CINCINNATI, OH (April 18, 2019) – The Cincinnati Zoo & Botanical Garden’s beloved California sea lion Duke, a favorite of many guests and employees, passed away earlier today. At almost 31 years of age, he was one of the oldest of his kind in any Zoo in North America. The median life expectancy for this species is 23.
“Duke was slowing down but could easily find his way around his habitat and participated in training and play activities with his care team,” said Senior Keeper Lisa Potter. “In recent months, his behavior and demeanor changed, and his appetite decreased. He just wasn’t the same old Duke.”
Duke’s care team, which included five veterinary staff members, a nutritionist, and five marine mammal specialists, had been monitoring his health and doing everything possible to keep him comfortable.
“He was special…so laid back, smart and sweet. He was a great ambassador and enjoyed interacting with visitors and his caregivers,” said Potter. “I always knew this would be hard but still wasn’t prepared to lose him. We will miss him so much.”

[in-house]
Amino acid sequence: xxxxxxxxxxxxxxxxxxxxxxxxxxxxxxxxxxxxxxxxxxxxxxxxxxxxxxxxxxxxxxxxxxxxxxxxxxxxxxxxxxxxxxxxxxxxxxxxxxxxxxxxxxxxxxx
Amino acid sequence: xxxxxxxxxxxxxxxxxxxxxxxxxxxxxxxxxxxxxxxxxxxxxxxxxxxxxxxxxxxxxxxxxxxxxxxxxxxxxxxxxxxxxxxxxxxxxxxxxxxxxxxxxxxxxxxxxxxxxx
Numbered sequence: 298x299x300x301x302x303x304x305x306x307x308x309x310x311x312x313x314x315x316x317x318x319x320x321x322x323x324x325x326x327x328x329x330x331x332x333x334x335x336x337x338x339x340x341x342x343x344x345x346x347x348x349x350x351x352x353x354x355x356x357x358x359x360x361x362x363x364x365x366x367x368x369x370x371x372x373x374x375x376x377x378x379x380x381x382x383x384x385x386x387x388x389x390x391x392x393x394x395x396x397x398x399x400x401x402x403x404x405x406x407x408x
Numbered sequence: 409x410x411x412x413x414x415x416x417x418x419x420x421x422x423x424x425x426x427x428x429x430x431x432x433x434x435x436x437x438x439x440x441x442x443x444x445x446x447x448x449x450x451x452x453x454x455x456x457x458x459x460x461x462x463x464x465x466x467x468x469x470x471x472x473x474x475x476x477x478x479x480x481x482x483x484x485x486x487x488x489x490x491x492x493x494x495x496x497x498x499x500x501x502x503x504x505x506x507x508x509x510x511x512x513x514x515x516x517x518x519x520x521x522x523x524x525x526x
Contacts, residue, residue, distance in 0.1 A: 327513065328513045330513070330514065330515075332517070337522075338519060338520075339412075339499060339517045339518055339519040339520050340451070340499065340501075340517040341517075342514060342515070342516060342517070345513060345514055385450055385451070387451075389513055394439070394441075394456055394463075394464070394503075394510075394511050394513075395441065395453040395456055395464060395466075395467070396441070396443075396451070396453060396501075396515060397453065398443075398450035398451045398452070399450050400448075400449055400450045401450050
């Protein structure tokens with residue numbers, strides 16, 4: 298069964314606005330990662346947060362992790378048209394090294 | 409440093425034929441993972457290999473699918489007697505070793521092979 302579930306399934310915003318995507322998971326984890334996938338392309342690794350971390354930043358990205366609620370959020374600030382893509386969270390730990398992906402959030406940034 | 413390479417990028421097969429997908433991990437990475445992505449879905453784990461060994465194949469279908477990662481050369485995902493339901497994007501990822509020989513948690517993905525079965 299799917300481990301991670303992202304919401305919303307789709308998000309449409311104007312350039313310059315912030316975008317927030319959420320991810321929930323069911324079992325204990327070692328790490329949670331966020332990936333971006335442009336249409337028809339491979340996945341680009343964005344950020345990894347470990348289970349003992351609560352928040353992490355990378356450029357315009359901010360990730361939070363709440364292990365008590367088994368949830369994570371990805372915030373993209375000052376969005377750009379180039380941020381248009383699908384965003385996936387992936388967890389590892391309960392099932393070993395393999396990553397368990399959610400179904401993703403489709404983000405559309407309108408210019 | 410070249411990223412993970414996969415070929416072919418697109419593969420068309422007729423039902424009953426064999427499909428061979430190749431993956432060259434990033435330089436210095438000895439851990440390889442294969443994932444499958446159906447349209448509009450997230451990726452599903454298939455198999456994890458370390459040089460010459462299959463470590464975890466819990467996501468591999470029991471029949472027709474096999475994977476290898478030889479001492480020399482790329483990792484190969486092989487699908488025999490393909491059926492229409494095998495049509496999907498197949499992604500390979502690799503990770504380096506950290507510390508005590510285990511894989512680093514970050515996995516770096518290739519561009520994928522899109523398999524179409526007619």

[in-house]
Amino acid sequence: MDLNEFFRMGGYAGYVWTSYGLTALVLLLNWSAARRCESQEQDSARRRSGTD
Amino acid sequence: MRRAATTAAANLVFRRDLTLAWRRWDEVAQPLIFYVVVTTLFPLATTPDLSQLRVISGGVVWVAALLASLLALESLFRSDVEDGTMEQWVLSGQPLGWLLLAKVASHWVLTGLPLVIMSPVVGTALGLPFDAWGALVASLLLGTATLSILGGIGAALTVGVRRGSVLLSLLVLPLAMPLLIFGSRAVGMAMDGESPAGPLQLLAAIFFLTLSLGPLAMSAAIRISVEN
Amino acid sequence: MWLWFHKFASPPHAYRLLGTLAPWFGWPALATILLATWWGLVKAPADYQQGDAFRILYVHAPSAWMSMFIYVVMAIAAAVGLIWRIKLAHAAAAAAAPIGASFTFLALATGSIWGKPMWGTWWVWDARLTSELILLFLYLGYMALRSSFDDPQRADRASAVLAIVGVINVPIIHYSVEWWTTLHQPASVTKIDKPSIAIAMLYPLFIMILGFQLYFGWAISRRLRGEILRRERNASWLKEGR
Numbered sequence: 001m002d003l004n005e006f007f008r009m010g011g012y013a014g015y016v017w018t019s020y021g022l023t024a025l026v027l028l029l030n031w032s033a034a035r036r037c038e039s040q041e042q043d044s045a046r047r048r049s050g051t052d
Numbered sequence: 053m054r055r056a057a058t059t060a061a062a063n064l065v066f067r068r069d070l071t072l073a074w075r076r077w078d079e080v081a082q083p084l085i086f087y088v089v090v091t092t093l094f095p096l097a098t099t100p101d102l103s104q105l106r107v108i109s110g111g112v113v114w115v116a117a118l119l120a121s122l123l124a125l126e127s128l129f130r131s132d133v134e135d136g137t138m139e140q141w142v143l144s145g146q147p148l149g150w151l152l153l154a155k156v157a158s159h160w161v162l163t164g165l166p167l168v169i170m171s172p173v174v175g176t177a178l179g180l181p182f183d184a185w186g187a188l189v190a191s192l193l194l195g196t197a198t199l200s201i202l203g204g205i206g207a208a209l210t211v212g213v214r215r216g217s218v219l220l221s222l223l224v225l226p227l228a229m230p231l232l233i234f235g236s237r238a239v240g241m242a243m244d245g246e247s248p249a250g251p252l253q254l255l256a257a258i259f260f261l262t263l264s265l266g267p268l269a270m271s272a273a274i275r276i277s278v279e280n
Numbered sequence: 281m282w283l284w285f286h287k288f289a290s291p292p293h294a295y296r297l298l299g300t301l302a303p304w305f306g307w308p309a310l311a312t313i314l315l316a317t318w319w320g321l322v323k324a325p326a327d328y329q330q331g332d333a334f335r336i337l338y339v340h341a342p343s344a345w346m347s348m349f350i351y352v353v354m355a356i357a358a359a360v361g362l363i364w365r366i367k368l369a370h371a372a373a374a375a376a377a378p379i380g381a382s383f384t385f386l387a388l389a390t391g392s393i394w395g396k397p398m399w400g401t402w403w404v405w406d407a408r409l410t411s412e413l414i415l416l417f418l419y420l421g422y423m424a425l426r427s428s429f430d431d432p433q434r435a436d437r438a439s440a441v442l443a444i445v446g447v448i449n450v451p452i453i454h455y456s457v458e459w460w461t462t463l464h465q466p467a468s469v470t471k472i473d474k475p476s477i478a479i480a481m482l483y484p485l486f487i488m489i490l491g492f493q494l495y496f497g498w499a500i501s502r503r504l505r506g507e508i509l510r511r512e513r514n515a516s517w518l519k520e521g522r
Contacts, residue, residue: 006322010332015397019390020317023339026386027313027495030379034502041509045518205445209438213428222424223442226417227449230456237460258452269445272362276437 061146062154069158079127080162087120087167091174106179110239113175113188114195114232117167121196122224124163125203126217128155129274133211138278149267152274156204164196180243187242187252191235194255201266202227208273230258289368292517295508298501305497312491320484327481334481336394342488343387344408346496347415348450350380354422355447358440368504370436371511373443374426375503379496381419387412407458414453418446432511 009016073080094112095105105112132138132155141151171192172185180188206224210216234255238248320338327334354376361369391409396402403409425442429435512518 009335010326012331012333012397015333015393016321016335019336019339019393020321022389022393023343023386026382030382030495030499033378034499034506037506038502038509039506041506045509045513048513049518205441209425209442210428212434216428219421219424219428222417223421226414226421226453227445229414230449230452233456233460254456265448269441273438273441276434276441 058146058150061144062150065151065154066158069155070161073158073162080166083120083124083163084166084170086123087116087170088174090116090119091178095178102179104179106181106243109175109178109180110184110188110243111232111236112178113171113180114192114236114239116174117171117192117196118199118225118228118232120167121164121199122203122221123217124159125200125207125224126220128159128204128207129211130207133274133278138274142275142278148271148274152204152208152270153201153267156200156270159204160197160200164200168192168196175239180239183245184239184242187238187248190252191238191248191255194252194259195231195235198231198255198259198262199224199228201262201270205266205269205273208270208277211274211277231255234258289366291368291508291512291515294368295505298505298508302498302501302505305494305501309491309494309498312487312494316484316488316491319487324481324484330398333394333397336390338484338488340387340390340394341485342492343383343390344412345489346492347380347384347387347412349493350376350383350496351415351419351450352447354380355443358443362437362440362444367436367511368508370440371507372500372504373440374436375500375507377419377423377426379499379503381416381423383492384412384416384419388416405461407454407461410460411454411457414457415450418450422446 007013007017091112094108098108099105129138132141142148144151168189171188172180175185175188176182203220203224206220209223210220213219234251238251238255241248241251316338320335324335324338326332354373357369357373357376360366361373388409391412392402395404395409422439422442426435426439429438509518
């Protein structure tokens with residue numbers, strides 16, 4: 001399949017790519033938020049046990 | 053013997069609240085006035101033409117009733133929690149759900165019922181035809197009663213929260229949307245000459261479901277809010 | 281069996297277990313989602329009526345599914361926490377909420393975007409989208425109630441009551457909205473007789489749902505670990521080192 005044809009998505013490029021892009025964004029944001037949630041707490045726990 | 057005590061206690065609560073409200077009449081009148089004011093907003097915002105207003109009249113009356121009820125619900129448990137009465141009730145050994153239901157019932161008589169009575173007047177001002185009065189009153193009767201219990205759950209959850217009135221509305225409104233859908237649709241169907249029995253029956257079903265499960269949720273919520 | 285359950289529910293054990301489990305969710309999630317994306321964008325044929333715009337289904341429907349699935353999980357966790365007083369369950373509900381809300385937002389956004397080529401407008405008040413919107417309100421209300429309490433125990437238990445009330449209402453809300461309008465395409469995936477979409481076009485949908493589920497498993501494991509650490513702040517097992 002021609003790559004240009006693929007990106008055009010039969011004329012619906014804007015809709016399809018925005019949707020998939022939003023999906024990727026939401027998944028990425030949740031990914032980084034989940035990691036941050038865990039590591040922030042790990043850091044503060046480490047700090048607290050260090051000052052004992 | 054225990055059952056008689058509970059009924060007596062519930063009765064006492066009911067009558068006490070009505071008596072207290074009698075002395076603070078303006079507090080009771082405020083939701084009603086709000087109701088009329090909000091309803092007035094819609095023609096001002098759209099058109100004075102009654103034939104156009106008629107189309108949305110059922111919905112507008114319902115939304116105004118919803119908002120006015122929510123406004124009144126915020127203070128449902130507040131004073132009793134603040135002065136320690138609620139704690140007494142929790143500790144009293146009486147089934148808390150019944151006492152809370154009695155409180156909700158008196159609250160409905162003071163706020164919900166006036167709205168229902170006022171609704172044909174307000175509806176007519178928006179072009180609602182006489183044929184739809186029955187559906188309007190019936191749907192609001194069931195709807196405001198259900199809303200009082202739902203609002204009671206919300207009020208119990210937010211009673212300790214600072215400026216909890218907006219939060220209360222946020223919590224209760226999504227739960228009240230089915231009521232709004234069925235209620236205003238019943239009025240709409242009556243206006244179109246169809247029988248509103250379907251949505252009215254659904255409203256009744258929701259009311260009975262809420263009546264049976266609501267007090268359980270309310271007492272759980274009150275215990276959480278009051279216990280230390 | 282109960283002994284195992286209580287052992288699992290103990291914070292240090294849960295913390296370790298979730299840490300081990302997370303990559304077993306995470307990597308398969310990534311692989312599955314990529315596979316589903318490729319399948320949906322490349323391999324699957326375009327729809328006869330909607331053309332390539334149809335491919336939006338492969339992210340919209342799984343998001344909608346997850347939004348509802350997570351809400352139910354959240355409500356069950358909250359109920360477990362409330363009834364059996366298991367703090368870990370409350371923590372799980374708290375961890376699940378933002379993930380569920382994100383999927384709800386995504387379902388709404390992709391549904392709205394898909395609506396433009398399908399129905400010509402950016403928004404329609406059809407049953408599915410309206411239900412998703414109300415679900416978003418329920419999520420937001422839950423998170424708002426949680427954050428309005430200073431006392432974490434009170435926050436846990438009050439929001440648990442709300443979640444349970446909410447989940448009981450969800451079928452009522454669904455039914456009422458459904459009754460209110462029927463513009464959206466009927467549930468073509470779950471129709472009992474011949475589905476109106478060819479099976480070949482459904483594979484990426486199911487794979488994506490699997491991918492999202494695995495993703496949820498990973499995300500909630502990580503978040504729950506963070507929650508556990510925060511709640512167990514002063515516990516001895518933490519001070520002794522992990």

Animals in zoos tend to live longer than their counterparts would in the wild, where there is no such thing as senior care. Duke’s longevity is a testament to the exceptional care, including a special senior diet, regular vet checks and TLC, he received at the Cincinnati Zoo.
“Our top priority for geriatric animals is maintaining the highest quality of life until the end of life. We feel that we accomplished this with Duke, with a highly capable and passionate group of staff dedicated to giving Duke all that he needed to feel comfortable and happy while he was with us,” said Cincinnati Zoo Director Thane Maynard.
Arthritis, high blood pressure, vision and cardiac issues are as common in older animals as they are in human seniors. As a result, the Zoo’s hospital is stocked with anti-inflammatories, diuretics and beta blockers. Cincinnati Zoo’s animal care staff does everything possible to make our animals comfortable in their golden years, including providing special diets, habitat modifications and specialized medical attention.